Care2 Editor’s Note: Phaedra Ellis-Lamkins of Green For All is a winner of the 2010 Social Venture Network Innovation Awards. Phaedra was honored at SVN’s Fall Conference in Long Branch, New Jersey, October 21 – 24. The conference brought together leaders of socially responsible businesses to share best practices, collaborate on efforts and expand their impact to create a just and sustainable economy. Click here to learn more about the SVN Innovation Awards.
Low-income communities and communities of color were recycling before the term existed: reusing grease from the stove top, turning empty jars into drinking glasses, building compost piles for home gardens. For decades – centuries – we understood that practices that we now know can save the planet also save money. But we didn’t see those actions as environmentalist.
In the same way, the neighborhoods that low-income families can afford have often been the neighborhoods where heavy industry locates, or oil refineries, or power plants. The land that’s cheap enough for the poor is also cheap enough for pollution. When children got asthma, got rashes from the water supply – it was part of life, not an environmental issue. For the people who lived in those communities, the industry responsible for those ailments wasn’t a polluter – it was an employer. For people who haven’t learned a trade, or completed a college degree, these businesses were often the only paycheck available.
A few decades ago, a nascent environmental movement began a conversation about the wounds that people were inflicting on the planet. Their message was absolutely right – but their arguments were a luxury that not everyone could afford. What they saw as an attack on polluters, the people who needed those jobs to make ends meet saw as an attack on their livelihood.
There are two important lessons to take away from this. First, that unless people feel economically secure, it’s hard for them to worry about longer-term issues like the climate and the environment. Second, that little measures people use to address economic needs are often steps that can address those same big picture issues.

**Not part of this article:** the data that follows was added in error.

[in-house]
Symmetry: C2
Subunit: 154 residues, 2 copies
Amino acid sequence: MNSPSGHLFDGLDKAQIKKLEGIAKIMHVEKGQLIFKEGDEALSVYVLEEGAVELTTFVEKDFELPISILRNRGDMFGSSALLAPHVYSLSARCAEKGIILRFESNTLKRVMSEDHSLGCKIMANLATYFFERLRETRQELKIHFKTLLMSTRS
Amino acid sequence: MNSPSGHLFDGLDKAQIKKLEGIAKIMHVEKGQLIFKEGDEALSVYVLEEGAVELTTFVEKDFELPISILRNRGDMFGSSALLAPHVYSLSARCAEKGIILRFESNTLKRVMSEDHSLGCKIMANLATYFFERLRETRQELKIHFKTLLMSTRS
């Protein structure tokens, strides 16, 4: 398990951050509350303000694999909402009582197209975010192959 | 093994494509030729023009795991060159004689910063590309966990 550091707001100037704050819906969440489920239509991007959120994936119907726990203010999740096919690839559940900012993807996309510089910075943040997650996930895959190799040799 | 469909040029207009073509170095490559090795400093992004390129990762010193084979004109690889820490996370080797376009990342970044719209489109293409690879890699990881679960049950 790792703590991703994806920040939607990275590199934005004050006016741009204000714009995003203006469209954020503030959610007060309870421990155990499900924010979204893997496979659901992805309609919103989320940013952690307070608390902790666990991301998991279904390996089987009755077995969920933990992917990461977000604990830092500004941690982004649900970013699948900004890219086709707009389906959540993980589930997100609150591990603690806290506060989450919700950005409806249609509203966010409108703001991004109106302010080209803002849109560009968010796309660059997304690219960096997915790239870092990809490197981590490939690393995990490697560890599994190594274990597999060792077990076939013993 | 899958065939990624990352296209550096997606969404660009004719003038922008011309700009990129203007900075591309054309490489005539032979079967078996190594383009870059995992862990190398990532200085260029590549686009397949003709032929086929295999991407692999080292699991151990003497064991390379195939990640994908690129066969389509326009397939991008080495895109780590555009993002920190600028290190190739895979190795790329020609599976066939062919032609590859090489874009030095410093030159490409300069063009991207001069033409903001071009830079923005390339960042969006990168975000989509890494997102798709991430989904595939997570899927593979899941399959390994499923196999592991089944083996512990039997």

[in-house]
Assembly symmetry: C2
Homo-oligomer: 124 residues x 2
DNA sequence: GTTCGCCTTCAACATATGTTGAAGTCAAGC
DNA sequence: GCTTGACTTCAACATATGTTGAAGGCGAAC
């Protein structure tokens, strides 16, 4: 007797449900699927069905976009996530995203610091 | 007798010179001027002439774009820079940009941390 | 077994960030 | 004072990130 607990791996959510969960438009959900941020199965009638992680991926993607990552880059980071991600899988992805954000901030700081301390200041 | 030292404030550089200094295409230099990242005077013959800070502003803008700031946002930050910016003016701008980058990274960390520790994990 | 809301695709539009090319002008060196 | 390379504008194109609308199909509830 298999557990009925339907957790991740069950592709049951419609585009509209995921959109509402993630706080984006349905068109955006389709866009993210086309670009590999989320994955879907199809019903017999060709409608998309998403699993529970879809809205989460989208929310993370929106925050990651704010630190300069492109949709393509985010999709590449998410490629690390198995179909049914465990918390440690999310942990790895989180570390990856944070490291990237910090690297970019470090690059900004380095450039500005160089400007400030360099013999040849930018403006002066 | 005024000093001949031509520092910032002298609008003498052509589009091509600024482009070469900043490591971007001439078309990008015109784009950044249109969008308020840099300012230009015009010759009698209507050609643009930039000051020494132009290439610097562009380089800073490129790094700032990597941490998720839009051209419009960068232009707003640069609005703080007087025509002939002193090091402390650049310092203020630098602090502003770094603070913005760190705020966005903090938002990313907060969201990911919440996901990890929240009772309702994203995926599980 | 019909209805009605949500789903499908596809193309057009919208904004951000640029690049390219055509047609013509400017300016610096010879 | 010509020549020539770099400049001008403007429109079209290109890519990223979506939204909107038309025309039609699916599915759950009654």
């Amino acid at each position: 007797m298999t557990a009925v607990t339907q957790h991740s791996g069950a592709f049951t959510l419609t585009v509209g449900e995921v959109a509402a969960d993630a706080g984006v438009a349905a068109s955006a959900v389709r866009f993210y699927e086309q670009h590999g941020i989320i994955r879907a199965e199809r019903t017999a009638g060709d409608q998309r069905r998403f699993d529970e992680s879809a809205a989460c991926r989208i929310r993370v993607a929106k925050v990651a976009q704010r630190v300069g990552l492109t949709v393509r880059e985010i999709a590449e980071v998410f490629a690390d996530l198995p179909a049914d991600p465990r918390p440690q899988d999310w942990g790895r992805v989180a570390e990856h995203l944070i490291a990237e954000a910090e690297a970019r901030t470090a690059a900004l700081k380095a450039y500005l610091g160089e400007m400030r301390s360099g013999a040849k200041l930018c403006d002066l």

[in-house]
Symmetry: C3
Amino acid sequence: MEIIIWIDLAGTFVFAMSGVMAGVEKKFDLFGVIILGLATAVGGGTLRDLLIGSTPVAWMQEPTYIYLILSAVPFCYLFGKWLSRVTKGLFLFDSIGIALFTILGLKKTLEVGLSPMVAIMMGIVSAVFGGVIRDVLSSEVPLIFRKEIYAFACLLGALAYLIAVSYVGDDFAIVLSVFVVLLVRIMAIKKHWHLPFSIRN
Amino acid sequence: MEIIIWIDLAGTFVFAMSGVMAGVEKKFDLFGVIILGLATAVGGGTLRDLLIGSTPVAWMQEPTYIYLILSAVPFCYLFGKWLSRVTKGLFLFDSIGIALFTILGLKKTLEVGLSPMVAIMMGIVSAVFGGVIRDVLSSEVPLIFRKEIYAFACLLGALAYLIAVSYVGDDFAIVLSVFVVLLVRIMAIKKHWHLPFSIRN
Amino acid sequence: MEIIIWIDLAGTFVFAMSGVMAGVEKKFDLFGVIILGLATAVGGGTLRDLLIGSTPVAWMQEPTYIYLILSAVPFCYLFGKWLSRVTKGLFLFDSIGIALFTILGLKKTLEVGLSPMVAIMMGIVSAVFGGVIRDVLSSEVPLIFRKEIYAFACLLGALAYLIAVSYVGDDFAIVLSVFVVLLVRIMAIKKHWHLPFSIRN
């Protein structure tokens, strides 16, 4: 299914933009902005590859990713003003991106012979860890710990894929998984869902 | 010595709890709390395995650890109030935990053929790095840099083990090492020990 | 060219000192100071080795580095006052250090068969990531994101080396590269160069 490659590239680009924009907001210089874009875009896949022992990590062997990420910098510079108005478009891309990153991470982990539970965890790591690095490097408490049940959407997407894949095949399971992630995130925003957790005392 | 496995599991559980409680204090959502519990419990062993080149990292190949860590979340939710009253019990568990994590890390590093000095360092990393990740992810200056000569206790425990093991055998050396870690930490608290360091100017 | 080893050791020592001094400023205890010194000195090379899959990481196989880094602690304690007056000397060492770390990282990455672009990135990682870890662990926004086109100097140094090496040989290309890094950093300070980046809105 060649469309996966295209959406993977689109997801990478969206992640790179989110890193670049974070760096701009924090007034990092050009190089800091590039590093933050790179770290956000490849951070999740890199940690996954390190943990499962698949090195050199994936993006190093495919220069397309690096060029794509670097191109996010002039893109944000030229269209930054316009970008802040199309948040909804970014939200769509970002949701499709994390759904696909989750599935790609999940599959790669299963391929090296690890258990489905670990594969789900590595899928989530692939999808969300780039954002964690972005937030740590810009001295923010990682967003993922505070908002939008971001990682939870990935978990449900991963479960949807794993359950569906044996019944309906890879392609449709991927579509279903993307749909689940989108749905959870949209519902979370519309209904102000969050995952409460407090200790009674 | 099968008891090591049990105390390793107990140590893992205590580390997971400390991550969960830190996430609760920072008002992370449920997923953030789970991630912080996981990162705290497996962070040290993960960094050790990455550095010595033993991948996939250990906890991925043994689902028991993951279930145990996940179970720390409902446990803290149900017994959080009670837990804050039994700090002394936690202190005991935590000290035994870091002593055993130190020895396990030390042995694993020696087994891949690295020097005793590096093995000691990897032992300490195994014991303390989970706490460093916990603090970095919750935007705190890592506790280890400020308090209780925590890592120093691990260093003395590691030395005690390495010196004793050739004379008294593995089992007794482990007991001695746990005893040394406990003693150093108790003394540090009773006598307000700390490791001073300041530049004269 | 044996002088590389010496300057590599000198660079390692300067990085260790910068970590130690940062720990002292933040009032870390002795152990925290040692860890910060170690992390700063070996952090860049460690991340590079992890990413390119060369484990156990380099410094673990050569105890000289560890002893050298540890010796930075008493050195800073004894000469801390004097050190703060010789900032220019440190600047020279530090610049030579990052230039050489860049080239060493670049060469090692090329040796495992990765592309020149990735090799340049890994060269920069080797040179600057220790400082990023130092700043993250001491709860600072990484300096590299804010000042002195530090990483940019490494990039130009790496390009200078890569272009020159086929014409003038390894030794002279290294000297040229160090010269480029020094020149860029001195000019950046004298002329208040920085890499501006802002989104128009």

Green For All exists because the worlds of the economy and the climate crisis have multiple points of intersection. In fact, we believe that the joint crises our economy and our planet face have a common solution: building a new, clean energy economy.
We work with everyone from local grassroots organizations to the White House to build that economy. It’s an ambitious task, reshaping the economy for the new century. As with any ambitious task, it can be difficult to know how to measure success. We try to keep it simple: we are succeeding if we are making a difference in everyday people’s lives.
We’ve seen a lot of success. Our work takes place in cities and states throughout the country, in town halls and labor halls, in classrooms and in the streets. We build local capacity for energy efficiency programs, advocate for innovative public policy that bolsters the clean energy sector, train up-and-coming leaders. Our programs and our advocacy have put thousands of people to work in ways that reduce energy usage, create new, clean sources of energy, and increase local access to fresh food and clean water. (To learn more about our work and our successes, please visit greenforall.org).
Green “for all” means making the green philosophy important and useful even to people whose first priority is buying food for their families or paying their mortgage. It means supporting an America in which no one has to choose between his long-term personal needs and the long-term needs of the planet. It means building an America and an economy in which those needs are aligned.
After all, everyone believes in acting responsibly. We are all committed to having homes and jobs we can be proud of. We are all advocates of an economy that treats our communities and our planet with respect. We always have been; it just hasn’t always been easy.
It still isn’t easy. But now it’s possible.
Photo courtesy of Green For All
By Phaedra Ellis-Lamkins